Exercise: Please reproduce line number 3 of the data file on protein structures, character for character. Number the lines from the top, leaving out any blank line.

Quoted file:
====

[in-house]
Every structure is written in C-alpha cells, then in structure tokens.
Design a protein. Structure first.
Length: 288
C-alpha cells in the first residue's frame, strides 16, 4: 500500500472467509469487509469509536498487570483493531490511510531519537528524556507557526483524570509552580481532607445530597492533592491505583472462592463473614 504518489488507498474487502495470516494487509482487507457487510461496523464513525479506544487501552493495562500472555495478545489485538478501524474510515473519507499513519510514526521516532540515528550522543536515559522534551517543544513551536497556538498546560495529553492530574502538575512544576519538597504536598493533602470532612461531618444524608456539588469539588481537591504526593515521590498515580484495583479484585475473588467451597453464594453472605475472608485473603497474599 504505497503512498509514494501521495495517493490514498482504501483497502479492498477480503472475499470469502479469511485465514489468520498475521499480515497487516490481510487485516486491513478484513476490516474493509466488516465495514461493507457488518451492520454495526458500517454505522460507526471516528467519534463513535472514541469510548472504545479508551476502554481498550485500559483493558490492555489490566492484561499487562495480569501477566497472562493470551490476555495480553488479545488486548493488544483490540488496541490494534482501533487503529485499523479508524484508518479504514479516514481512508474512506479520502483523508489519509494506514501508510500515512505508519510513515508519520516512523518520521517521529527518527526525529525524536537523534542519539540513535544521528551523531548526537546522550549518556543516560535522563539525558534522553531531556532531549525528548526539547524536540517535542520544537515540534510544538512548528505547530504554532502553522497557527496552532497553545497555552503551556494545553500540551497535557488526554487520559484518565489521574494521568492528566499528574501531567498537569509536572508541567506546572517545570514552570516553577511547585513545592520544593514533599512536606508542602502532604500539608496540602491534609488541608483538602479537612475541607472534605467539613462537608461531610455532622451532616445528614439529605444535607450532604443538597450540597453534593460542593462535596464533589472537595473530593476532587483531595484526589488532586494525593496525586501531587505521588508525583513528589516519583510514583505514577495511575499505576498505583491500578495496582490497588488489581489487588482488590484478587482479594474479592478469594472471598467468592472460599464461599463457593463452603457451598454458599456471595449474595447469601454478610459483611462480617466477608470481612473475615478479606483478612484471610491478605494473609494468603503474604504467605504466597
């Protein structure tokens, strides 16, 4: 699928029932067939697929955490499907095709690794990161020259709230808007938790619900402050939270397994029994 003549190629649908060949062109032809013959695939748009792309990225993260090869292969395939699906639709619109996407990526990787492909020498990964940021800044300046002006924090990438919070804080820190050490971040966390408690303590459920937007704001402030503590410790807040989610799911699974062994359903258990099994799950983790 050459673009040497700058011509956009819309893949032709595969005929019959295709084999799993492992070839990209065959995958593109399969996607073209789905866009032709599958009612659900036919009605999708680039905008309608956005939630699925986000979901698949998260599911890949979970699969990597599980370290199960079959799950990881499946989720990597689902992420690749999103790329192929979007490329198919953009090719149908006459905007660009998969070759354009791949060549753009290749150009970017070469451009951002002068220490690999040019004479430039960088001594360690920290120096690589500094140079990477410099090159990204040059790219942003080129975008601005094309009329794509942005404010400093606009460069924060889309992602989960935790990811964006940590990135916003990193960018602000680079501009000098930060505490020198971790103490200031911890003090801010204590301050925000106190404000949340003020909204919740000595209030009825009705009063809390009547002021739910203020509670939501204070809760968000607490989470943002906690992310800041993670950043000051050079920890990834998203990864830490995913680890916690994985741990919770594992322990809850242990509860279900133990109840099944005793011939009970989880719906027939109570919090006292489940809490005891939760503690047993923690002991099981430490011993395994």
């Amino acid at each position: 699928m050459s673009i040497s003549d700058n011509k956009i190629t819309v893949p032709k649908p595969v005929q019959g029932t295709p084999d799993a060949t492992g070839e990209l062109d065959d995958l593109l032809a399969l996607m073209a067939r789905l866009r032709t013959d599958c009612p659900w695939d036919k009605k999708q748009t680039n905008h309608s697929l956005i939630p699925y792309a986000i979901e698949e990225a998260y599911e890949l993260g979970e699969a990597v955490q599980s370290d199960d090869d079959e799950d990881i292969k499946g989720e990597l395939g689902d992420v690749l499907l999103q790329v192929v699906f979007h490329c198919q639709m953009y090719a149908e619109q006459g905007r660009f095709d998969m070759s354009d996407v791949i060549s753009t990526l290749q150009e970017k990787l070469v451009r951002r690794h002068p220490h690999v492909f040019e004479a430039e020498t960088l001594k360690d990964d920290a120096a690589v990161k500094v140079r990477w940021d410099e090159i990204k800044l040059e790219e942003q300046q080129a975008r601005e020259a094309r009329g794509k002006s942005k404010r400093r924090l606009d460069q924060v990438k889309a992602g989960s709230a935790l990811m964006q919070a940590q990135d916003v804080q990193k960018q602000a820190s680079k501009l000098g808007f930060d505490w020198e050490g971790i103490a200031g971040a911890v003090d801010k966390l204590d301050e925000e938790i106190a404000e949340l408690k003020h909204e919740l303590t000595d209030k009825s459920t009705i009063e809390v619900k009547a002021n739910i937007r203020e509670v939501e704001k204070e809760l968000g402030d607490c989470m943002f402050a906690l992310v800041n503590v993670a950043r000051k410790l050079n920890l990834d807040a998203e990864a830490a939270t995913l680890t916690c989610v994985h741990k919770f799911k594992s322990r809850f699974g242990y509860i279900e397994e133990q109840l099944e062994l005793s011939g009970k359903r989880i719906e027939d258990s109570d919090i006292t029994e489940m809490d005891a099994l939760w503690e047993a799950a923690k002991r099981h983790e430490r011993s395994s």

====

Design a protein. Structure first.